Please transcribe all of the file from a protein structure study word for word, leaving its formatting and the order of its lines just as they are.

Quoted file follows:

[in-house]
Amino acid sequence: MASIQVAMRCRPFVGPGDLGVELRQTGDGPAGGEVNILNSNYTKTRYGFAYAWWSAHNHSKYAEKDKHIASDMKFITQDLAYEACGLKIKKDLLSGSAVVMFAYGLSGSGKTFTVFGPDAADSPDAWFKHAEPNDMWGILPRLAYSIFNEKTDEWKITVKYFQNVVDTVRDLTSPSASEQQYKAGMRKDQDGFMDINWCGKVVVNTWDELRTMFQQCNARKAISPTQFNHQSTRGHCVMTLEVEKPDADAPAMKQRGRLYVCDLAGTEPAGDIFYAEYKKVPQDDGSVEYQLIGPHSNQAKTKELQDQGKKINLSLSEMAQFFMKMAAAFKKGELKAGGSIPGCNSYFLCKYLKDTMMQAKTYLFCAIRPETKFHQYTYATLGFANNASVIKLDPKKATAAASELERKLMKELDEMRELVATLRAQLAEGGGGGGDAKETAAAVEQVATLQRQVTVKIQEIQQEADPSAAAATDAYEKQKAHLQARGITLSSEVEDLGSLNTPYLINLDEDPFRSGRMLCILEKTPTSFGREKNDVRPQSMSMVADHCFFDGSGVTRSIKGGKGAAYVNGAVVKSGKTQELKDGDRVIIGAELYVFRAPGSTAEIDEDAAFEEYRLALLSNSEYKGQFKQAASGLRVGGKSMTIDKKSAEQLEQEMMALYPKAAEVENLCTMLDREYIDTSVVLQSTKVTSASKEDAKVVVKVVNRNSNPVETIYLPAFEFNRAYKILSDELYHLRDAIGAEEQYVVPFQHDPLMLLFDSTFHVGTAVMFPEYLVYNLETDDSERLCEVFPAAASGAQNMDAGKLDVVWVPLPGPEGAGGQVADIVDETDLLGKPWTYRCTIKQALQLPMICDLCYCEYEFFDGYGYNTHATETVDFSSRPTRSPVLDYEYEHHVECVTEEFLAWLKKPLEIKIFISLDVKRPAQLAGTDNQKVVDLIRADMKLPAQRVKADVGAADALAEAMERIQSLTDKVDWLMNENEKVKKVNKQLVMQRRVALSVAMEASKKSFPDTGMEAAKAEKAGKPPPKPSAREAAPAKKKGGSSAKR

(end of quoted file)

[in-house]
Amino acid sequence: MASIQVAMRCRPFVGPGDLGVELRQTGDGPAGGEVNILNSNYTKTRYGFAYAWWSAHNHSKYAEKDKHIASDMKFITQDLAYEACGLKIKKDLLSGSAVVMFAYGLSGSGKTFTVFGPDAADSPDAWFKHAEPNDMWGILPRLAYSIFNEKTDEWKITVKYFQNVVDTVRDLTSPSASEQQYKAGMRKDQDGFMDINWCGKVVVNTWDELRTMFQQCNARKAISPTQFNHQSTRGHCVMTLEVEKPDADAPAMKQRGRLYVCDLAGTEPAGDIFYAEYKKVPQDDGSVEYQLIGPHSNQAKTKELQDQGKKINLSLSEMAQFFMKMAAAFKKGELKAGGSIPGCNSYFLCKYLKDTMMQAKTYLFCAIRPETKFHQYTYATLGFANNASVIKLDPKKATAAASELERKLMKELDEMRELVATLRAQLAEGGGGGGDAKETAAAVEQVATLQRQVTVKIQEIQQEADPSAAAATDAYEKQKAHLQARGITLSSEVEDLGSLNTPYLINLDEDPFRSGRMLCILEKTPTSFGREKNDVRPQSMSMVADHCFFDGSGVTRSIKGGKGAAYVNGAVVKSGKTQELKDGDRVIIGAELYVFRAPGSTAEIDEDAAFEEYRLALLSNSEYKGQFKQAASGLRVGGKSMTIDKKSAEQLEQEMMALYPKAAEVENLCTMLDREYIDTSVVLQSTKVTSASKEDAKVVVKVVNRNSNPVETIYLPAFEFNRAYKILSDELYHLRDAIGAEEQYVVPFQHDPLMLLFDSTFHVGTAVMFPEYLVYNLETDDSERLCEVFPAAASGAQNMDAGKLDVVWVPLPGPEGAGGQVADIVDETDLLGKPWTYRCTIKQALQLPMICDLCYCEYEFFDGYGYNTHATETVDFSSRPTRSPVLDYEYEHHVECVTEEFLAWLKKPLEIKIFISLDVKRPAQLAGTDNQKVVDLIRADMKLPAQRVKADVGAADALAEAMERIQSLTDKVDWLMNENEKVKKVNKQLVMQRRVALSVAMEASKKSFPDTGMEAAKAEKAGKPPPKPSAREAAPAKKKGGSSAKR